The community has been asking for an update on COVID-19 in Cobb Schools and how District leadership makes COVID-19 decisions. During the September Board of Education meeting, the community had an opportunity to see some of the data that has helped frame District decisions. 

On Thursday evening, Superintendent Chris Ragsdale presented data that shows a substantial drop in COVID-19 cases in Cobb Schools and how Cobb COVID-19 numbers relate to other school districts in the area. His presentation can be viewed in its entirety here. “We need to understand what is happening, why it is happening, and what will happen next. We need to understand our data and what it means. I felt it was time to get an accurate depiction of our data. When we are not presented with a forward-looking process, we will use our own data-driven process,” the Superintendent explained.

Superintendent Ragsdale indicated he chose to share and explain this data during the Board meeting because of a number of recent, misleading reports in the media. Those reports appear to have caused Cobb families concern, specifically a false report that exaggerated actual case spread when cases were actually falling sharply. 



When looking at the data per student at the district level so far in the 2021-2022 school year, cases in Cobb Schools have decreased along with cases in other neighboring school districts. The data showed that during the most recent peak in August of 2021, Cobb had one of the lower numbers of cases per student.   



Last school year, Cobb Schools implemented a mask mandate to curb the spread of COVID. With the extra step to mask students and staff, the District expected the number of COVID cases in Cobb to be lower than districts that chose to remain unmasked. In reality, the data shows the number of cases in Cobb Schools per student was essentially the same as those in other districts.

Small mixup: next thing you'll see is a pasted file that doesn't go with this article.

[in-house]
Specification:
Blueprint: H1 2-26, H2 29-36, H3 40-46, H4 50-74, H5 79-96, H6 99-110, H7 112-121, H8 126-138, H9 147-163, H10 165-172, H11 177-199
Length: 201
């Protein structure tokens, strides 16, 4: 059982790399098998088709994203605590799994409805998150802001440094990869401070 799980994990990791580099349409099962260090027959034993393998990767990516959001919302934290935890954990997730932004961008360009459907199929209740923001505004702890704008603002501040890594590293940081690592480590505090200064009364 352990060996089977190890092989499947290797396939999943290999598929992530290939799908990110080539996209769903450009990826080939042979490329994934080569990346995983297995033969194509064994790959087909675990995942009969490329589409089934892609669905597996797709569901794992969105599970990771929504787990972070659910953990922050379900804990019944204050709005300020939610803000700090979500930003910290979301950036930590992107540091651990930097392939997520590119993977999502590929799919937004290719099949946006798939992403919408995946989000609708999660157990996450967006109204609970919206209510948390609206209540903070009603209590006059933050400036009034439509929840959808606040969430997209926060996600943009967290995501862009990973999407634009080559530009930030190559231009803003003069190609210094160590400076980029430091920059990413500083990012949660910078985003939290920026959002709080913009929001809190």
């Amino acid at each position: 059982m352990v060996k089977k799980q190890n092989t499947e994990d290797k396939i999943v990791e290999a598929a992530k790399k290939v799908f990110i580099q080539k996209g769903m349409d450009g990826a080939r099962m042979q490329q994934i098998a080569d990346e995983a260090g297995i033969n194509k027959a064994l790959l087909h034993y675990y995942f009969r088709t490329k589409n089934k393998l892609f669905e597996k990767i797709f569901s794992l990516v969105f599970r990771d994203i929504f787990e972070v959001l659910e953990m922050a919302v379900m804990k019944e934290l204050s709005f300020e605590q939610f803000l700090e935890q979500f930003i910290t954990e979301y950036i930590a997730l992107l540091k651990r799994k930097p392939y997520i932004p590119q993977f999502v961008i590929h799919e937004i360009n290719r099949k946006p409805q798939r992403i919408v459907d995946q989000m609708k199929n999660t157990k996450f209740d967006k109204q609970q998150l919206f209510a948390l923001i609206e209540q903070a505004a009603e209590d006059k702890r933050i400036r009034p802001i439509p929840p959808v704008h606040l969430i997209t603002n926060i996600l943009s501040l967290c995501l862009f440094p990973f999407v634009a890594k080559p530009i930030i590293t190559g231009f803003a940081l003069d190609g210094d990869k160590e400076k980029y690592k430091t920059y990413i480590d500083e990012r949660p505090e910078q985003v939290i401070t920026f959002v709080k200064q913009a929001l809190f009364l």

Cobb’s experience fits with a study of 90,000 Georgia students during last winter’s surge , which showed student masking “could not be said to be effective,” according to an article in New York Magazine Intelligencer about a Centers for Disease Control and Prevention study of COVID transmission in American schools. 

“Other findings of equal importance in the study, however, were absent from the summary and not widely reported… most notably, requiring student masking [was] found to not have a statistically significant benefit. In other words, these measures could not be said to be effective,” as referenced in the same New York Magazine article. 

Superintendent Ragsdale emphasized the importance of data-driven decision-making and that Cobb Schools will continue with a data-driven and forward-looking process that mitigates disruptions and the learning loss it causes. 

“I appreciate that the Superintendent compiled some of the COVID-19 data which separates fact from narrative. I’m glad to see the case numbers going down. Our goal since the beginning of this pandemic has been to keep our students and staff safe, and the data says we are doing that as well as we can,” said Board Chair Randy Scamihorn. 

In addition to the COVID-19 update, the Board Chair and Superintendent both once again addressed the recent disturbing social media trend involving hate speech, anti-Semitic references, and the abuse of school property. 

Board Chair Scamihorn explained his plan to continue working with the local community to draft a resolution that reflects the views of the school Board. 

Superintendent Ragsdale made it very clear that all hate speech, including anti-Semitic speech, will not be tolerated: 

“I want to touch briefly on the incident regarding the anti-Semitic graffiti. Let me start off by saying I want to be very clear. The District does not and will not tolerate hate in any form. Following an investigation, the administration has brought disciplinary charges against those responsible. The matter is proceeding to the disciplinary tribunal process required by Georgia law. I cannot report on particulars of incidences at this time as the administration’s discipline recommendation is sufficiently significant that the Board members could likely hear it on appeal. I understand that this could have begun as some sort of social media dare. I appreciate that statistically, in a district of 110,000 students in 114 schools, incidents like this may occur. They are extremely rare in CCSD. Regardless, the district refuses to dismiss the incident as some sort of prank. The 18,000 staff members of this district work exceptionally hard to ensure that this is an environment where all students are welcome and appreciated. This is supported by the board, which mandates reporting incidences of this nature. Some may consider our response unduly punitive. I disagree. It reflects the importance of this District’s schools being environments in which all students have the opportunities for and from an international and competitive education, and our expectation is that behaviors like this will not occur. I respectively request the Board members withhold comment on specific details of the incident until after the Board hears any potential appeals. Otherwise, it may provide an opportunity for those charged to challenge the discipline.”